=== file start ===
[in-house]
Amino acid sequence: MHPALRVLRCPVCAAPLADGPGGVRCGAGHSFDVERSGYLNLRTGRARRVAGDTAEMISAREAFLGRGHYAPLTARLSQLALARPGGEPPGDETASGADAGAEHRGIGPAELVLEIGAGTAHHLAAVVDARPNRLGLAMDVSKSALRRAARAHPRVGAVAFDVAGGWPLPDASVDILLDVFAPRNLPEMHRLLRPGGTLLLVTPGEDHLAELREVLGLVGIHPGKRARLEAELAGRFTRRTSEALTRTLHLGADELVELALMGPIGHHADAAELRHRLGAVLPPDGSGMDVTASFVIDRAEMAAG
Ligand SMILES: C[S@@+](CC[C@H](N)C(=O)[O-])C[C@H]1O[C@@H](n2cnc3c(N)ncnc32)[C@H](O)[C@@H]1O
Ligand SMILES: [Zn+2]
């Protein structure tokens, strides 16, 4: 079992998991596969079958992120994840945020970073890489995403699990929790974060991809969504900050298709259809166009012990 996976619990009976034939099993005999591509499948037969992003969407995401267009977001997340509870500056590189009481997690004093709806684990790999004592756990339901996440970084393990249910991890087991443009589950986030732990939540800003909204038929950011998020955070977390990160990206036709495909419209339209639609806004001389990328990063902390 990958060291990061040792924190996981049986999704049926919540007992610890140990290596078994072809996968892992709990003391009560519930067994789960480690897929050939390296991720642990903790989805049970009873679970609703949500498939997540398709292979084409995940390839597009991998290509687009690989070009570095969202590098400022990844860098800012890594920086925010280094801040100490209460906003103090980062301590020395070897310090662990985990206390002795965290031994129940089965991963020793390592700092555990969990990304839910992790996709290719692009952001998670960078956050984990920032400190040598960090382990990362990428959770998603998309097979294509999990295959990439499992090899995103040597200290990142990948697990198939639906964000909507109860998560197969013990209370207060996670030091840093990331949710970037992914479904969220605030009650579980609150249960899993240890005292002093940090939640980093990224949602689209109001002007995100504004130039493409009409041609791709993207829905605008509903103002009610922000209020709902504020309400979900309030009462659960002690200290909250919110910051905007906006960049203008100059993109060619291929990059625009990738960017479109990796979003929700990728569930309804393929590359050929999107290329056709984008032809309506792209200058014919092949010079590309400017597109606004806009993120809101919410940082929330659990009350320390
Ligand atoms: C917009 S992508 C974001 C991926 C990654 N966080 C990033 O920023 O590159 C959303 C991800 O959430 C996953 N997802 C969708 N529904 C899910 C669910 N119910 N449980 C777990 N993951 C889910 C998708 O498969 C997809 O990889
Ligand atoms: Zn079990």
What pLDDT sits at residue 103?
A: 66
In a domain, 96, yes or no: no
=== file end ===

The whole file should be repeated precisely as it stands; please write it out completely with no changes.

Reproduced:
[in-house]
Amino acid sequence: MHPALRVLRCPVCAAPLADGPGGVRCGAGHSFDVERSGYLNLRTGRARRVAGDTAEMISAREAFLGRGHYAPLTARLSQLALARPGGEPPGDETASGADAGAEHRGIGPAELVLEIGAGTAHHLAAVVDARPNRLGLAMDVSKSALRRAARAHPRVGAVAFDVAGGWPLPDASVDILLDVFAPRNLPEMHRLLRPGGTLLLVTPGEDHLAELREVLGLVGIHPGKRARLEAELAGRFTRRTSEALTRTLHLGADELVELALMGPIGHHADAAELRHRLGAVLPPDGSGMDVTASFVIDRAEMAAG
Ligand SMILES: C[S@@+](CC[C@H](N)C(=O)[O-])C[C@H]1O[C@@H](n2cnc3c(N)ncnc32)[C@H](O)[C@@H]1O
Ligand SMILES: [Zn+2]
């Protein structure tokens, strides 16, 4: 079992998991596969079958992120994840945020970073890489995403699990929790974060991809969504900050298709259809166009012990 996976619990009976034939099993005999591509499948037969992003969407995401267009977001997340509870500056590189009481997690004093709806684990790999004592756990339901996440970084393990249910991890087991443009589950986030732990939540800003909204038929950011998020955070977390990160990206036709495909419209339209639609806004001389990328990063902390 990958060291990061040792924190996981049986999704049926919540007992610890140990290596078994072809996968892992709990003391009560519930067994789960480690897929050939390296991720642990903790989805049970009873679970609703949500498939997540398709292979084409995940390839597009991998290509687009690989070009570095969202590098400022990844860098800012890594920086925010280094801040100490209460906003103090980062301590020395070897310090662990985990206390002795965290031994129940089965991963020793390592700092555990969990990304839910992790996709290719692009952001998670960078956050984990920032400190040598960090382990990362990428959770998603998309097979294509999990295959990439499992090899995103040597200290990142990948697990198939639906964000909507109860998560197969013990209370207060996670030091840093990331949710970037992914479904969220605030009650579980609150249960899993240890005292002093940090939640980093990224949602689209109001002007995100504004130039493409009409041609791709993207829905605008509903103002009610922000209020709902504020309400979900309030009462659960002690200290909250919110910051905007906006960049203008100059993109060619291929990059625009990738960017479109990796979003929700990728569930309804393929590359050929999107290329056709984008032809309506792209200058014919092949010079590309400017597109606004806009993120809101919410940082929330659990009350320390
Ligand atoms: C917009 S992508 C974001 C991926 C990654 N966080 C990033 O920023 O590159 C959303 C991800 O959430 C996953 N997802 C969708 N529904 C899910 C669910 N119910 N449980 C777990 N993951 C889910 C998708 O498969 C997809 O990889
Ligand atoms: Zn079990």
What pLDDT sits at residue 103?
A: 66
In a domain, 96, yes or no: no